You can settile over plywood but certain rules must be followed or it will fail,The reccomended and best practice though is still the c.b.u..I think you will be o.k. going over what you have with the c.b.u. and screwing it to the floor,no check that, you will need to put thinset under the c.b.u. and with the slats that won't work .Go ahead with the ply wood but make certain you

A)Leave 1/8 inch gaps between the sheets both in length and width.

B)Use a good latex modified thinset that is reccomended for use over plywood.

C)Leave 1/8 baps at the wall line all the way around

D)Use a cdx plywood one with 4 or 5 layers don't use wolmanized the chemicals used for the process will not work with the thinset

E)Screw down don't nail, every 2" on the seams and every 4" in the field, make it tight

Please get back to us and let us know how you are coming along
 
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Old 02-22-04, 12:11 PM
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Hi Floorman;
Sorry for any confusion here. I may have inadvertenly gave a bad image of the present bathroom wall configuration.
Think 1920/30s bathrooms. Seven foot ceilings, tile off the floor for 4 feet, 1 inch setback, three feet un-tiled to ceiling.
As stated the tile comes up the wall, from the floor, 4 feet. Then there is a 1 inch setback to the UN-tiled section ( 3 ft to ceiling). This continues all around the bathroom to the shower/bath area where the tiles then go to the ceiling and enclose the bath area. ( Ummmm, redundant sentences?)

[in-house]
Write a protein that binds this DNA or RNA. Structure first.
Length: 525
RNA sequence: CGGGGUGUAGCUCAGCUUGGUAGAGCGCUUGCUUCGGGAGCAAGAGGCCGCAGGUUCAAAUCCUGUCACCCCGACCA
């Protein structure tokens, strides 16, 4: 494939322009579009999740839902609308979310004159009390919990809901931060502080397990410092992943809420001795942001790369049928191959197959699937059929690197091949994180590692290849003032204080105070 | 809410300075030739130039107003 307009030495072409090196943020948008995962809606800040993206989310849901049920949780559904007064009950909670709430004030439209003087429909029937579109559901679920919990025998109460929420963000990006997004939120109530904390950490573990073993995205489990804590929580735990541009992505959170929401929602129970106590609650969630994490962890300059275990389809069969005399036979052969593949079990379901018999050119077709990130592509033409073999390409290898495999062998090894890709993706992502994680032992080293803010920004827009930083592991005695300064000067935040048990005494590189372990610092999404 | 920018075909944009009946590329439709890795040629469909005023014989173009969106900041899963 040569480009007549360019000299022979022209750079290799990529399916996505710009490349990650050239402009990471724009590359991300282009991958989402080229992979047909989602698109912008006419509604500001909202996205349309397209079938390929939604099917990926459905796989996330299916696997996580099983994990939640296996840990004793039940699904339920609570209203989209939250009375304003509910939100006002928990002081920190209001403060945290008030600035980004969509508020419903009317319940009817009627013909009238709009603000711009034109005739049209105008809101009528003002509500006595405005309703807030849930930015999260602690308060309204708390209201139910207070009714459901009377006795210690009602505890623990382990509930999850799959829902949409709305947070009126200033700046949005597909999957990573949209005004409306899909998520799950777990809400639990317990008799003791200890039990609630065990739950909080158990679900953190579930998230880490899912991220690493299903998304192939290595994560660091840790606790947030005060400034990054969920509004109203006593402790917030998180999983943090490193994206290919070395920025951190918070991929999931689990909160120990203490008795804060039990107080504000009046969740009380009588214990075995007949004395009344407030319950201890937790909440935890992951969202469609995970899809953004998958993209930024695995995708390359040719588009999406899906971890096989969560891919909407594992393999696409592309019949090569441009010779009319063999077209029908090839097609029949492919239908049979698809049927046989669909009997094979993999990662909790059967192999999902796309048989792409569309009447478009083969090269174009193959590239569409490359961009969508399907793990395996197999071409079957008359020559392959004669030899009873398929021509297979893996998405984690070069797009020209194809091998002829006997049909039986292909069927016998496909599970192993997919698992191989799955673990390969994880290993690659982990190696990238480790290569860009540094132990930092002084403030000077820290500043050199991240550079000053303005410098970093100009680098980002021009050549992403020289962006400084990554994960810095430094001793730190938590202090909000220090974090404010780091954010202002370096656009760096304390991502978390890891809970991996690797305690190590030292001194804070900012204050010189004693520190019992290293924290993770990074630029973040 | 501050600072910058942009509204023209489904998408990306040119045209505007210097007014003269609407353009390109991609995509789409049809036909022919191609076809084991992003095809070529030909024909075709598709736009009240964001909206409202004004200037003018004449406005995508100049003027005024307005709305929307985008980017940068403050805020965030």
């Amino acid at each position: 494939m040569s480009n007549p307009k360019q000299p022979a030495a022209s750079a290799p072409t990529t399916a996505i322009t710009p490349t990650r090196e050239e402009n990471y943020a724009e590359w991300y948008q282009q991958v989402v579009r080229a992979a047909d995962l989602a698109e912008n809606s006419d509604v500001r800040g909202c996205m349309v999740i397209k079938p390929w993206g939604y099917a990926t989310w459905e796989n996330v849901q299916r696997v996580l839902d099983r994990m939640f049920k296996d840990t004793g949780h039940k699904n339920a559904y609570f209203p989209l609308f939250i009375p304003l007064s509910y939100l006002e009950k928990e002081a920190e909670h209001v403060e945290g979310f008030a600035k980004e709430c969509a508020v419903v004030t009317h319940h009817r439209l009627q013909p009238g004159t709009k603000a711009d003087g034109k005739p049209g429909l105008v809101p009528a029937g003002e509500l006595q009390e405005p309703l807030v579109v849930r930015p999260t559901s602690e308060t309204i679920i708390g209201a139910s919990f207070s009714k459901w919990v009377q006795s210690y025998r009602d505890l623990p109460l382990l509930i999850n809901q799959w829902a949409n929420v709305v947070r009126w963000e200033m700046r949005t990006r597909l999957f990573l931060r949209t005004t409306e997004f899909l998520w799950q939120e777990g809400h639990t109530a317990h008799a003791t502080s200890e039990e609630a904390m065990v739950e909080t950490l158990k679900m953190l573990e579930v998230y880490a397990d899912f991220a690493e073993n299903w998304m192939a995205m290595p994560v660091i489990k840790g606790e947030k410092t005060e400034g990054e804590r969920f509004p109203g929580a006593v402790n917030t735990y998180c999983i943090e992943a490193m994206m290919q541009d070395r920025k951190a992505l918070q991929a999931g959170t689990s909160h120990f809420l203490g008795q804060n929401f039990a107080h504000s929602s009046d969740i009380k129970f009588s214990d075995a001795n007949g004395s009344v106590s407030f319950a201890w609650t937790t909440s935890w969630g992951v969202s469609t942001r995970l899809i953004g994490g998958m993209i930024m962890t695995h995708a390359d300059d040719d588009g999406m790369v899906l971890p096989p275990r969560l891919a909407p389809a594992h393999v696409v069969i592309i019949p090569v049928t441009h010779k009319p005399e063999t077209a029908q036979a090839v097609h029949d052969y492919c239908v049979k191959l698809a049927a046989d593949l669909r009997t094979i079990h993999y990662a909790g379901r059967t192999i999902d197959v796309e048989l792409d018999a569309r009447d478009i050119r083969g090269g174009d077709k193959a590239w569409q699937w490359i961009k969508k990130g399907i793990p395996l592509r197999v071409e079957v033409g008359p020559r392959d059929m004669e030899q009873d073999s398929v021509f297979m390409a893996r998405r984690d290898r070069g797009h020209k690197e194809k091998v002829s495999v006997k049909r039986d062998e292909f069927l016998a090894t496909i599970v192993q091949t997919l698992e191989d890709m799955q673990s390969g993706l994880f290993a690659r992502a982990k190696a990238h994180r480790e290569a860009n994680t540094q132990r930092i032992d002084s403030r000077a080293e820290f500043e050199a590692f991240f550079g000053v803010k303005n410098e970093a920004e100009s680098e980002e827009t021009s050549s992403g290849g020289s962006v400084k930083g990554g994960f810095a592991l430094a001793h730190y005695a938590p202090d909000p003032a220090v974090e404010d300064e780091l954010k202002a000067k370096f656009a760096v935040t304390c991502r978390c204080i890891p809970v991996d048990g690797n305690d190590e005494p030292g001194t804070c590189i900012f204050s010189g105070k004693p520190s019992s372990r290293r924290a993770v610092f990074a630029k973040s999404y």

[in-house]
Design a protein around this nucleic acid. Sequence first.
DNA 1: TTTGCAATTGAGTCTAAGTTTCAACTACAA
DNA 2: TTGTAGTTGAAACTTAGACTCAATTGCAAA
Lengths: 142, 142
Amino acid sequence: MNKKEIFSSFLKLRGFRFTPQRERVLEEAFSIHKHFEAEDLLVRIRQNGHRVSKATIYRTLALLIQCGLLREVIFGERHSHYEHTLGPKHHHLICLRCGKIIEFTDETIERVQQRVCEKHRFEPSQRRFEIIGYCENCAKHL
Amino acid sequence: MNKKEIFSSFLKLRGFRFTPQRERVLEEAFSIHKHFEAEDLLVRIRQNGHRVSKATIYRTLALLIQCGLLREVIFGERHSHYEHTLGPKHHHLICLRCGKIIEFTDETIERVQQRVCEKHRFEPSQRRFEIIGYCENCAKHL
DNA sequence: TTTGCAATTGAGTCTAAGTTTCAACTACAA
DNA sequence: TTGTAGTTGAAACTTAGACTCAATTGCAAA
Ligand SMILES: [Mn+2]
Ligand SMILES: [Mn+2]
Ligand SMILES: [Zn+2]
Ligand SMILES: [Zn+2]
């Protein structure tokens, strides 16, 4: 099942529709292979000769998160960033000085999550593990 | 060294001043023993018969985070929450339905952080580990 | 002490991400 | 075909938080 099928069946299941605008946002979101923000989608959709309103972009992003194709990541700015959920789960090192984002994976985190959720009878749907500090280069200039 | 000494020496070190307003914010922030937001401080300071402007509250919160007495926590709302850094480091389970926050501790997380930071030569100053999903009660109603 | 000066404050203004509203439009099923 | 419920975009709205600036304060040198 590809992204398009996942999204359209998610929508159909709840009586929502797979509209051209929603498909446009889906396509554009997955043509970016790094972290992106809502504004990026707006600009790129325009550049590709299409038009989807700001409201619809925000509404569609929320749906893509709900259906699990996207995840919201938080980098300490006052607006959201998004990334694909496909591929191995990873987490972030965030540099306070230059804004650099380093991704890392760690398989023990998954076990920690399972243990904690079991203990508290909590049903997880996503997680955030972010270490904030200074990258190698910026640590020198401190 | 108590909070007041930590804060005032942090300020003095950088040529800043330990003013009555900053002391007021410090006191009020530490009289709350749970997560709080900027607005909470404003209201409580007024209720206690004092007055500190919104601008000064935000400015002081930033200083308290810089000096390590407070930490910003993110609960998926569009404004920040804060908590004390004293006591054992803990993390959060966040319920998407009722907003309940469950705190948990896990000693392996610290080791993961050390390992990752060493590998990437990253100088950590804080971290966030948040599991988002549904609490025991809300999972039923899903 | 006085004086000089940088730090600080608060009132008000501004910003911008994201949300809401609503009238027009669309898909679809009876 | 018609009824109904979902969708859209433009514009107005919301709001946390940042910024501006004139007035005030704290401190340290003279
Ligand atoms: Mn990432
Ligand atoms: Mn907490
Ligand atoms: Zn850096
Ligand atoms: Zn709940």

What I was contemplating was in the PRESENT UNtiled area(3 ft.) put the greenboard right against the present wall. This should raise that area. I would then remove the present tile (4ft height area and full bath area),and use Mapier underlayment ( or thinset) to resurface the area that I removed the tiles from( floor and wall, remember I was considering using the original mud base. ), until it is smooth.
When all was smooth and flush I would re-tile. Sound feasible? Would the Mapier/thinset properly adhere to the old concrete or should I just bite the bullet and get out the sledge hammer, Zantac and Antiacids? LOL!!!
Hope this clears up any confusion.
 
  #8  
Old 02-22-04, 12:34 PM
floorman
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i now understand,you may want to try to get the tile off the wall fisrt cause i think you might find the mud set will probably crumble pretty easily when the tile come s off the wall.Now i might be wrong also ,i have seen some of theses types of installations be quite the pain in the rump when trying to removw this.It was put there to stay.So try getting the tile off first and see what happens you may find you want to remove the whole thing and start from scratch